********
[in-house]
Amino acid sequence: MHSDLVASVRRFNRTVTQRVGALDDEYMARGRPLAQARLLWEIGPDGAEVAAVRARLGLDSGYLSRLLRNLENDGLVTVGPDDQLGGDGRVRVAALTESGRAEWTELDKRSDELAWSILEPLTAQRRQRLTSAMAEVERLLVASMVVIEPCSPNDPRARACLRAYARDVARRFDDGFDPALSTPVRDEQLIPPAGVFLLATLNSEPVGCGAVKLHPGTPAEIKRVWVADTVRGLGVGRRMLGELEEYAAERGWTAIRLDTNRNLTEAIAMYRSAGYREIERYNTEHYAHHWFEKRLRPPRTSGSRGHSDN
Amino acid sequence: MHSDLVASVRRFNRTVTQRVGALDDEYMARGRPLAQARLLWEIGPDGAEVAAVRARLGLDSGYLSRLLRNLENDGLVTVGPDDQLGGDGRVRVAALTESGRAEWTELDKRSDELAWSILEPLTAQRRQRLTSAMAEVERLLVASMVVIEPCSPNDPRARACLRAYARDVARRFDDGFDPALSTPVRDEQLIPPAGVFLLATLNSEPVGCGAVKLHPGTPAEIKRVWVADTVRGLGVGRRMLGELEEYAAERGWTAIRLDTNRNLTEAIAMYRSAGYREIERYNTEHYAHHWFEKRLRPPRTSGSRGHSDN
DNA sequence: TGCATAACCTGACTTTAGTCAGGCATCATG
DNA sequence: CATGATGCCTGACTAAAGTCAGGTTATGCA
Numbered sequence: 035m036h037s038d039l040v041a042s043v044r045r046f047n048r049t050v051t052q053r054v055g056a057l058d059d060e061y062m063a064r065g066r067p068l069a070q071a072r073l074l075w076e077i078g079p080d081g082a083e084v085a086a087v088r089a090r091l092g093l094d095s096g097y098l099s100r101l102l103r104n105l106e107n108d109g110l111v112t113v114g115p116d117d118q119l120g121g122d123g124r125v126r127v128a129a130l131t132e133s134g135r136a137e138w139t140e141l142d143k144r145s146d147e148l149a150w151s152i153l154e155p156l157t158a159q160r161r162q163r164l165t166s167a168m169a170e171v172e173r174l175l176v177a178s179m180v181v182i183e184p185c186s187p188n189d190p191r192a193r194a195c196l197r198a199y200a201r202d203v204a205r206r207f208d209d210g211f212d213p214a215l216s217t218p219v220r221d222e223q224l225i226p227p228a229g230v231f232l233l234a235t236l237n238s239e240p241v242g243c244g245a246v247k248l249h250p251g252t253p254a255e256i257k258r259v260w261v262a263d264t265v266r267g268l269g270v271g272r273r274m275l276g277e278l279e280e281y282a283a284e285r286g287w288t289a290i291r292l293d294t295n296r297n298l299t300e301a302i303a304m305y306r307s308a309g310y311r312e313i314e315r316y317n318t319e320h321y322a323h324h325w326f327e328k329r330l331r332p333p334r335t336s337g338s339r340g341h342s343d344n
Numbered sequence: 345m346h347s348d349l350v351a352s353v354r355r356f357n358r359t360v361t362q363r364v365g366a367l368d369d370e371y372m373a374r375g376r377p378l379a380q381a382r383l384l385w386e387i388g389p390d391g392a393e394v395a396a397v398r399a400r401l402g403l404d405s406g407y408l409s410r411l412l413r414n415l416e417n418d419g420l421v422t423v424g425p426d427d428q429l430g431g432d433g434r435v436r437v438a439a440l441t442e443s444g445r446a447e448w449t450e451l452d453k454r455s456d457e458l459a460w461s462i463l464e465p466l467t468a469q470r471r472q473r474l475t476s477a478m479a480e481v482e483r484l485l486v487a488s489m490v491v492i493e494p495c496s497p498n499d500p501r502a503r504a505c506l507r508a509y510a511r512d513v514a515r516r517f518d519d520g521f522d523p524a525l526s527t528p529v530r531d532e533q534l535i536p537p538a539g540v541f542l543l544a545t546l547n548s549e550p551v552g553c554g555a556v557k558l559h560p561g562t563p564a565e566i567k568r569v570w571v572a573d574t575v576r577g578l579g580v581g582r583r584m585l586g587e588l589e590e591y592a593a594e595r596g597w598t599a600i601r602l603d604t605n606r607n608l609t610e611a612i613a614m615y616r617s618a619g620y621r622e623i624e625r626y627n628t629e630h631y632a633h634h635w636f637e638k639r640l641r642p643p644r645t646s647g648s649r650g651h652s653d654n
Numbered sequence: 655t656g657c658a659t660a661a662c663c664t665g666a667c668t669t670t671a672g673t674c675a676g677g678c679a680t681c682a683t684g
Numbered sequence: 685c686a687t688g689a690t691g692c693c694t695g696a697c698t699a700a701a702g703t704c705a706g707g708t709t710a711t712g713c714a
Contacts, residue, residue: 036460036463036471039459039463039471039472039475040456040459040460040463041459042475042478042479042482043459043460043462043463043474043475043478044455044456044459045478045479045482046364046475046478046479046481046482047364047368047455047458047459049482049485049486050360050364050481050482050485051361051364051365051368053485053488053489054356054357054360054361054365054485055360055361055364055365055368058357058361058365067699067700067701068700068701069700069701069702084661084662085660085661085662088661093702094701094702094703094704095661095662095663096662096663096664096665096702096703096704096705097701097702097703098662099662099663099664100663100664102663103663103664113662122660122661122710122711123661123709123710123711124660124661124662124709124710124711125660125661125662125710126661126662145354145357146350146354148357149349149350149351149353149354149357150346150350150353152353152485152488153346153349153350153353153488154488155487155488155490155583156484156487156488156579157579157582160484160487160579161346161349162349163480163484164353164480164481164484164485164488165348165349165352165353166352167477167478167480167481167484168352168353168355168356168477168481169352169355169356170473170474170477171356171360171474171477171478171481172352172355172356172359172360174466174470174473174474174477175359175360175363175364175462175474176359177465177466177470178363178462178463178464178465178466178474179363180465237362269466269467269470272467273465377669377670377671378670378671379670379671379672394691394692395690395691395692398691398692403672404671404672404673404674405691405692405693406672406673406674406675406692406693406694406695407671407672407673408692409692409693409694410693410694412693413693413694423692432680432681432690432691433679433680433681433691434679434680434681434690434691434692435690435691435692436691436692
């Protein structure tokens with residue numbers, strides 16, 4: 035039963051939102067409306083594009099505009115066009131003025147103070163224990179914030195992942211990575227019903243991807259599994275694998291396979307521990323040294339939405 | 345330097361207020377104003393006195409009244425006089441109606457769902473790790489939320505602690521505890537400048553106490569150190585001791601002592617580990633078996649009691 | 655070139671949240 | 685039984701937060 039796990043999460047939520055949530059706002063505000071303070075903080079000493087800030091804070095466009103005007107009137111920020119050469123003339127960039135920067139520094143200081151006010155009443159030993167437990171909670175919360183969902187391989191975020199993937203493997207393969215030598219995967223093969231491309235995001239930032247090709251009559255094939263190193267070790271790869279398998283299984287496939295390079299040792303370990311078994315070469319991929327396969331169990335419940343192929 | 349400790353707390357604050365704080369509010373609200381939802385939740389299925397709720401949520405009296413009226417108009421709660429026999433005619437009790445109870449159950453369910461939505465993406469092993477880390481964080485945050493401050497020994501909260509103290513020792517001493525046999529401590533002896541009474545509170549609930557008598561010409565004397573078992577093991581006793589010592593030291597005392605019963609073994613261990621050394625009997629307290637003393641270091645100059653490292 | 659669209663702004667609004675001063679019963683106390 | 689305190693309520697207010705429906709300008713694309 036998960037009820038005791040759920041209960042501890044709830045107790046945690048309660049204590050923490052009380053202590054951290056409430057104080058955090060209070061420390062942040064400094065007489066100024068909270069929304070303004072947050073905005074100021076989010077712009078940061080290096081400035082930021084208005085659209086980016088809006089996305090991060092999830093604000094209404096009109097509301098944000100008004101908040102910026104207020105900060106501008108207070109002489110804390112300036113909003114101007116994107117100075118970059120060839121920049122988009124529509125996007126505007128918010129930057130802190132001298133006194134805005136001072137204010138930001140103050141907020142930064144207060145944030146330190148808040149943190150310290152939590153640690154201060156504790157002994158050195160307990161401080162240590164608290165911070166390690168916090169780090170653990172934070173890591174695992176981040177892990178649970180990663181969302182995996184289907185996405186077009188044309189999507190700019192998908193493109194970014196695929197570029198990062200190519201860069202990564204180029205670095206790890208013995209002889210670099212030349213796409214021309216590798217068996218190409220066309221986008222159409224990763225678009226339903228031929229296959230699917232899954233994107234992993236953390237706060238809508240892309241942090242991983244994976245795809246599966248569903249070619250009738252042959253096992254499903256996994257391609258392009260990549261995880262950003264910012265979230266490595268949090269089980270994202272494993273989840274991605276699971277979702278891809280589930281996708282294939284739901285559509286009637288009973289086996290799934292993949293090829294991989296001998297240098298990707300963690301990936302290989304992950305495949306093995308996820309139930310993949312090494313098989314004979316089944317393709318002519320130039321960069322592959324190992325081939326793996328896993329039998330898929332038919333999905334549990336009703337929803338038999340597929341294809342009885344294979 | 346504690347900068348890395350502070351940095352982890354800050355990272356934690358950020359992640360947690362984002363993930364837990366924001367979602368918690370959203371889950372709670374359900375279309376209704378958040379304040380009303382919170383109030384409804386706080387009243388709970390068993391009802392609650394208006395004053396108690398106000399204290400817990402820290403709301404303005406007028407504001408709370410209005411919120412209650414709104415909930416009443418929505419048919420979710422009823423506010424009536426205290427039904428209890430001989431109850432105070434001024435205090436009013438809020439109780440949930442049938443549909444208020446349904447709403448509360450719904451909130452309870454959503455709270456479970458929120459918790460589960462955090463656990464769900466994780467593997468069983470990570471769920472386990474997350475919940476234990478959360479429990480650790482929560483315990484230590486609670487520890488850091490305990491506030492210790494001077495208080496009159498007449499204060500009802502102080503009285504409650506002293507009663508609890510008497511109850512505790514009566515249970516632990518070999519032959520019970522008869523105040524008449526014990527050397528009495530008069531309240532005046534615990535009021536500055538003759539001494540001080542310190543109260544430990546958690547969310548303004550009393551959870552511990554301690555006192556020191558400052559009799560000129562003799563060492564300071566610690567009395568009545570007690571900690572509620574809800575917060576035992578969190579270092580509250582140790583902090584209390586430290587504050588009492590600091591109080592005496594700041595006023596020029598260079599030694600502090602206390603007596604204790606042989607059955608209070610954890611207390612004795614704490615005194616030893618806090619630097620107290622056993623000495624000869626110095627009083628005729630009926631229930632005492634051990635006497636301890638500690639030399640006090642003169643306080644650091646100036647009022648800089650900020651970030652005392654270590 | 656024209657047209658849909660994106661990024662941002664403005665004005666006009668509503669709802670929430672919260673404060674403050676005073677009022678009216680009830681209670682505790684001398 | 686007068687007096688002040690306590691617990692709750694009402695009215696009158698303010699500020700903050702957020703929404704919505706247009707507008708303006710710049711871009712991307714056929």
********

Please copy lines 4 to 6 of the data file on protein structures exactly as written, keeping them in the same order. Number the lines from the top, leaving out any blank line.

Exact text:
DNA sequence: TGCATAACCTGACTTTAGTCAGGCATCATG
DNA sequence: CATGATGCCTGACTAAAGTCAGGTTATGCA
Numbered sequence: 035m036h037s038d039l040v041a042s043v044r045r046f047n048r049t050v051t052q053r054v055g056a057l058d059d060e061y062m063a064r065g066r067p068l069a070q071a072r073l074l075w076e077i078g079p080d081g082a083e084v085a086a087v088r089a090r091l092g093l094d095s096g097y098l099s100r101l102l103r104n105l106e107n108d109g110l111v112t113v114g115p116d117d118q119l120g121g122d123g124r125v126r127v128a129a130l131t132e133s134g135r136a137e138w139t140e141l142d143k144r145s146d147e148l149a150w151s152i153l154e155p156l157t158a159q160r161r162q163r164l165t166s167a168m169a170e171v172e173r174l175l176v177a178s179m180v181v182i183e184p185c186s187p188n189d190p191r192a193r194a195c196l197r198a199y200a201r202d203v204a205r206r207f208d209d210g211f212d213p214a215l216s217t218p219v220r221d222e223q224l225i226p227p228a229g230v231f232l233l234a235t236l237n238s239e240p241v242g243c244g245a246v247k248l249h250p251g252t253p254a255e256i257k258r259v260w261v262a263d264t265v266r267g268l269g270v271g272r273r274m275l276g277e278l279e280e281y282a283a284e285r286g287w288t289a290i291r292l293d294t295n296r297n298l299t300e301a302i303a304m305y306r307s308a309g310y311r312e313i314e315r316y317n318t319e320h321y322a323h324h325w326f327e328k329r330l331r332p333p334r335t336s337g338s339r340g341h342s343d344n